The Distinguished Carlson Lecture at the University of Minnesota is on again. Michael Bloomberg was originally set to appear in the series on Dec. 5. On Nov. 15, the Humphrey School of Public Affairs canceled that event because it seemed that Bloomberg would soon enter the 2020 presidential race. Which he did, officially, on Nov. 21.
Per a statement issued on Nov. 15, “University policy and federal law prohibit any arm of a public university from engaging in activity that may support a current presidential candidate. This includes funding an event with a candidate on a public university campus.”
On Tuesday, the Humphrey School announced that Gloria Steinem will be at Northrop on Wednesday, Feb. 19, for the 2020 Distinguished Carlson Lecture, an evening of conversation with Kerri Miller.
Steinem is a writer, lecturer, political activist, feminist organizer and role model whose accomplishments are staggering: a founder of New York and Ms. Magazines, author of several books, co-founder of the National Women’s Political Caucus and the Ms. Foundation for Women (among many other organizations), and recipient of the Presidential Medal of Freedom and the Freedom Award (National Civil Rights Museum). Miller is the award-winning host of “MPR News with Kerri Miller” and “Talking Volumes.”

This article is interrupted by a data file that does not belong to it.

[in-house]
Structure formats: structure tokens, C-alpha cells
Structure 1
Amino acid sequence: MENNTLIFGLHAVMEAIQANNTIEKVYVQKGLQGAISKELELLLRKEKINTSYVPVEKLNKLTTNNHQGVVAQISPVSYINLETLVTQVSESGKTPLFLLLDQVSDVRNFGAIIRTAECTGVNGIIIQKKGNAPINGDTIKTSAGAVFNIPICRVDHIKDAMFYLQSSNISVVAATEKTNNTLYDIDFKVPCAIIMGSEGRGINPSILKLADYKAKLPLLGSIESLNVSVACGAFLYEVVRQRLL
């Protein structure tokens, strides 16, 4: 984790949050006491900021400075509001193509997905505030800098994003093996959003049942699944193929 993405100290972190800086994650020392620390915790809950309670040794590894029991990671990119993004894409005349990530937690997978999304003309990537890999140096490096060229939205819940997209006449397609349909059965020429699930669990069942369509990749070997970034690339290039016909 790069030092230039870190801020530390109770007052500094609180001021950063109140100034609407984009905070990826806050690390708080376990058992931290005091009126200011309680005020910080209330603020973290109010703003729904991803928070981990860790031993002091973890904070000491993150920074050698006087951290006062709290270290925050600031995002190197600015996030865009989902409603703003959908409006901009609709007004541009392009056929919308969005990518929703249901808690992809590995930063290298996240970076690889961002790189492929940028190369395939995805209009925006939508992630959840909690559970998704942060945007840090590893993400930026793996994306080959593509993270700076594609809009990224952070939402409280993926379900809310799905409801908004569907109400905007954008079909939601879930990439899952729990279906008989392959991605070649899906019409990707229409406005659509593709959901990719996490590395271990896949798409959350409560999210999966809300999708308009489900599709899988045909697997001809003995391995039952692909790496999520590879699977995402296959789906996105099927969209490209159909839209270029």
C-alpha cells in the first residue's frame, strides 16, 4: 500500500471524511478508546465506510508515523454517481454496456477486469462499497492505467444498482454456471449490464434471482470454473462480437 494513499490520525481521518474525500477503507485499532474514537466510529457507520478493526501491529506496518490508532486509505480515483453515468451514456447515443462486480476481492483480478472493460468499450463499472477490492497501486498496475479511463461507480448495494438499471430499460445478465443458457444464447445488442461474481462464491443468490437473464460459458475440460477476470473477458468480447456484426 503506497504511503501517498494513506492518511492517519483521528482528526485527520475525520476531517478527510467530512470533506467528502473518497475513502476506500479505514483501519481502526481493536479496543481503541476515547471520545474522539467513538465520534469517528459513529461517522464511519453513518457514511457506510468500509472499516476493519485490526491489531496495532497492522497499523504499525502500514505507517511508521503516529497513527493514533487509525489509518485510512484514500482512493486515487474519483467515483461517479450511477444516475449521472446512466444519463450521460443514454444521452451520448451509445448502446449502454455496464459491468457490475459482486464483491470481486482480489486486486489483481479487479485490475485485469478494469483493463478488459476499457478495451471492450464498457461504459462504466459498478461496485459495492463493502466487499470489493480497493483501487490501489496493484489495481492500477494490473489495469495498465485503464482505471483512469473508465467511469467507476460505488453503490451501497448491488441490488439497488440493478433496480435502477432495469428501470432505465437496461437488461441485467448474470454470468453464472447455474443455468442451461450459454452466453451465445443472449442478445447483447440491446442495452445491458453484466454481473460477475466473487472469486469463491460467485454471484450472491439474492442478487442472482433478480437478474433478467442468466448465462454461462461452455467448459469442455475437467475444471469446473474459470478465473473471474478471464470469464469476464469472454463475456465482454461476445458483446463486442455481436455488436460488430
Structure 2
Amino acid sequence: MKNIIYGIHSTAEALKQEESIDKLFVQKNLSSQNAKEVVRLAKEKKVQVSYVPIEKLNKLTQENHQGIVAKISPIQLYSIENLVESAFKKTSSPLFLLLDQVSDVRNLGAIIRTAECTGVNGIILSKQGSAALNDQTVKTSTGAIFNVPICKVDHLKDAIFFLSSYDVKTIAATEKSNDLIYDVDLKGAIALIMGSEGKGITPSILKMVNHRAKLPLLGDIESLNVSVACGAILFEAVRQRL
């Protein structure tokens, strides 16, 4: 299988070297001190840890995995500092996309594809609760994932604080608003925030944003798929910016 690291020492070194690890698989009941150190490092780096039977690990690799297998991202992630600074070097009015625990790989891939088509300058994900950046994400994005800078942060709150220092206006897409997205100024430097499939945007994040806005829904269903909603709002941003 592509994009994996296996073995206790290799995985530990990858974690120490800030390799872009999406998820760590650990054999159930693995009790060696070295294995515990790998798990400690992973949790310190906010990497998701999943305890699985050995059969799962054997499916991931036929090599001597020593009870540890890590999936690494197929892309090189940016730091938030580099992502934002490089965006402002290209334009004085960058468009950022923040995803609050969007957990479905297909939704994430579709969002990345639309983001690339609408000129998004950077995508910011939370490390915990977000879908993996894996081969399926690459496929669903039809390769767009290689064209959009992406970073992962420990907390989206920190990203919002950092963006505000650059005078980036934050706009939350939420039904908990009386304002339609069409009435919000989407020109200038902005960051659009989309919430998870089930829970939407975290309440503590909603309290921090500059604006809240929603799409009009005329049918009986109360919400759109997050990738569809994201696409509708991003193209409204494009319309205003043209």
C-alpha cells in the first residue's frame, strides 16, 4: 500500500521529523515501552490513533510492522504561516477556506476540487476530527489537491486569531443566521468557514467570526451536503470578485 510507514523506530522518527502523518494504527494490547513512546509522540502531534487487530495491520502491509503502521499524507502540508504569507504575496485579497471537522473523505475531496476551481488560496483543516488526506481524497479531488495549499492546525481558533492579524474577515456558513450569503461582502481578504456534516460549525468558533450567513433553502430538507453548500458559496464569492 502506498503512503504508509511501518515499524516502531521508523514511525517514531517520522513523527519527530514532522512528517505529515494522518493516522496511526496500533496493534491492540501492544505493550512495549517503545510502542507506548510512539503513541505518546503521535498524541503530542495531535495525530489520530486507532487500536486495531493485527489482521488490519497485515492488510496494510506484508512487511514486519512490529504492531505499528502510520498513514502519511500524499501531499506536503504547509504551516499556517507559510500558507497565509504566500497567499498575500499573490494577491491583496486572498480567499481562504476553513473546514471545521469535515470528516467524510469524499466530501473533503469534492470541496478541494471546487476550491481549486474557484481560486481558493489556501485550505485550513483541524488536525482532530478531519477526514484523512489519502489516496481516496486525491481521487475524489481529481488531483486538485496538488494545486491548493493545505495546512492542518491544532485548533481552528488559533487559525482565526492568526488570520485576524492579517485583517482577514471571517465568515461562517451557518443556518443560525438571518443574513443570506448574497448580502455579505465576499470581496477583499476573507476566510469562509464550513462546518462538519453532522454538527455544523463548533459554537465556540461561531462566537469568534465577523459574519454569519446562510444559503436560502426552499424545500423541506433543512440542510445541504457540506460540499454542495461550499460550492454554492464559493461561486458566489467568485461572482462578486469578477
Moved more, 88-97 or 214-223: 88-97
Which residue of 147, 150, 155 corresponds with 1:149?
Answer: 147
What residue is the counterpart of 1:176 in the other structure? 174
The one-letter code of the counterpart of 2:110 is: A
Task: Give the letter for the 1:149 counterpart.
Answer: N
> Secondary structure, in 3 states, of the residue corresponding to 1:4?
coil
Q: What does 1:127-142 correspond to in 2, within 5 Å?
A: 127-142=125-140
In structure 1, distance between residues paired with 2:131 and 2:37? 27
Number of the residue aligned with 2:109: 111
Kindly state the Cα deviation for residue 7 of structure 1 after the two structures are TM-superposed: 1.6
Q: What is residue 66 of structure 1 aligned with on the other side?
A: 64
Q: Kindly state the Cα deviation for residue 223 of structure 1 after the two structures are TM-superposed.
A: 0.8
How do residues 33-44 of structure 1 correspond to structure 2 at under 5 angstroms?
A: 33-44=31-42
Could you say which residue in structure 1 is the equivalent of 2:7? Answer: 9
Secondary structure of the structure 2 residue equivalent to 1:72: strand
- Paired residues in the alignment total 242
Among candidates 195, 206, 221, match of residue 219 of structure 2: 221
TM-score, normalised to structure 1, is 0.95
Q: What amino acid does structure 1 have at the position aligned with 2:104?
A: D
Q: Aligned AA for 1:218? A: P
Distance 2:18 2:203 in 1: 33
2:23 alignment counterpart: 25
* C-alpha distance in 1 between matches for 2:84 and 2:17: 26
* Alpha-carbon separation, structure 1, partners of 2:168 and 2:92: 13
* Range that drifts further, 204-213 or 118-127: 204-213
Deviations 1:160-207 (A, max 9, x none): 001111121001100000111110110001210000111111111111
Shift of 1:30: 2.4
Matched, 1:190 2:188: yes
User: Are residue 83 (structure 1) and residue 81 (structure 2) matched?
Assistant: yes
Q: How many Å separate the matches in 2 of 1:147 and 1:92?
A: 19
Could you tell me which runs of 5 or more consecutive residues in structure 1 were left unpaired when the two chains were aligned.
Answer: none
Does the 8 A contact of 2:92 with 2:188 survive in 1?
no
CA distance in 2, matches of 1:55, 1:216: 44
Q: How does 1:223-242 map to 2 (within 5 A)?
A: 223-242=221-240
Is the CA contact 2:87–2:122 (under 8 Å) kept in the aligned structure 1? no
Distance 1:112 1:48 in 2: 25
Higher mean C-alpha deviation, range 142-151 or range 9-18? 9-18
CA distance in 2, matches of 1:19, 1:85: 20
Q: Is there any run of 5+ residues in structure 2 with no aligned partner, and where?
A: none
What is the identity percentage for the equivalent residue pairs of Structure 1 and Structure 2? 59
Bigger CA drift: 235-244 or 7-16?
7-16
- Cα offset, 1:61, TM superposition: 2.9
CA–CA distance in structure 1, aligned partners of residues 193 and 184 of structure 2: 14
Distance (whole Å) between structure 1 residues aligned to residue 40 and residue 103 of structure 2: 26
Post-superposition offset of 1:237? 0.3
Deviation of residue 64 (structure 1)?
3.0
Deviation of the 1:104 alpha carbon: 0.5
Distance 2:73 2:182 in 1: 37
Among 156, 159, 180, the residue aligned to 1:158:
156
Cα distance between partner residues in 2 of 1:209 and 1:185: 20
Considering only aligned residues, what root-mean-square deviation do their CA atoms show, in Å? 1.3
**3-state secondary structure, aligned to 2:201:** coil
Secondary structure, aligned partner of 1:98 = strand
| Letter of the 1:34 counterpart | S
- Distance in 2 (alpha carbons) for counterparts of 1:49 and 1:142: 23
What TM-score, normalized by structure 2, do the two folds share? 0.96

The next ‘Glensheen’?
The History Theatre will start 2020 with an intriguing Raw Stages New Works Festival. Over four consecutive days beginning Jan. 16, it will present four staged readings of four new plays – each a reminder that there’s still a lot of Minnesota history to cover on stage, and the History Theatre deserves our thanks for doing it so well.
What jumps out first is “Jesse James: The Musical.” Its creators: Jeffrey Hatcher, Minnesota’s most prolific playwright, and Chan Poling, musician, composer, performer (Suburbs, New Standards) and author (“Jack and the Ghost”). What else have they done? A little something called “Glensheen,” the History Theatre’s biggest hit. And “Lord Gordon Gordon.” The Minnesota connection to their latest collaboration is a botched robbery that took place in 1876, when the James-Younger Gang hit the Northfield Bank and the town fought back. The raid is re-enacted each year during a four-day “Defeat of Jesse James Days” celebration. The musical will likely be hot as a gun barrel.